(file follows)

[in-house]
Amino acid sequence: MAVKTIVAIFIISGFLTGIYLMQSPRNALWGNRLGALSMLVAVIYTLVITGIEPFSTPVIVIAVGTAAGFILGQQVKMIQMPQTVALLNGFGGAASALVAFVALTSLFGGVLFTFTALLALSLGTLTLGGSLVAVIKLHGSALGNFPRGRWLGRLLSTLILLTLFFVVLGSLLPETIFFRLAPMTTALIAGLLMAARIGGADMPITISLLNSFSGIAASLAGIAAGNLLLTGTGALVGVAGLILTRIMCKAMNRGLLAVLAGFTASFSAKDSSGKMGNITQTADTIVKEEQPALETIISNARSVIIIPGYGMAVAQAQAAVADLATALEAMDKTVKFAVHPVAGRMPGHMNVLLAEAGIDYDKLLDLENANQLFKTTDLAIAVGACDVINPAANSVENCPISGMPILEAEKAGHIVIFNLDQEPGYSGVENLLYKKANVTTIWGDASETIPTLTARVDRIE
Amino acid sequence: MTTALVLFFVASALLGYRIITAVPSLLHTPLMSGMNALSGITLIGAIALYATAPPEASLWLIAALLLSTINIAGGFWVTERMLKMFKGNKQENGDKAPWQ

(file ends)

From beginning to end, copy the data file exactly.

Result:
[in-house]
Amino acid sequence: MAVKTIVAIFIISGFLTGIYLMQSPRNALWGNRLGALSMLVAVIYTLVITGIEPFSTPVIVIAVGTAAGFILGQQVKMIQMPQTVALLNGFGGAASALVAFVALTSLFGGVLFTFTALLALSLGTLTLGGSLVAVIKLHGSALGNFPRGRWLGRLLSTLILLTLFFVVLGSLLPETIFFRLAPMTTALIAGLLMAARIGGADMPITISLLNSFSGIAASLAGIAAGNLLLTGTGALVGVAGLILTRIMCKAMNRGLLAVLAGFTASFSAKDSSGKMGNITQTADTIVKEEQPALETIISNARSVIIIPGYGMAVAQAQAAVADLATALEAMDKTVKFAVHPVAGRMPGHMNVLLAEAGIDYDKLLDLENANQLFKTTDLAIAVGACDVINPAANSVENCPISGMPILEAEKAGHIVIFNLDQEPGYSGVENLLYKKANVTTIWGDASETIPTLTARVDRIE
Amino acid sequence: MTTALVLFFVASALLGYRIITAVPSLLHTPLMSGMNALSGITLIGAIALYATAPPEASLWLIAALLLSTINIAGGFWVTERMLKMFKGNKQENGDKAPWQ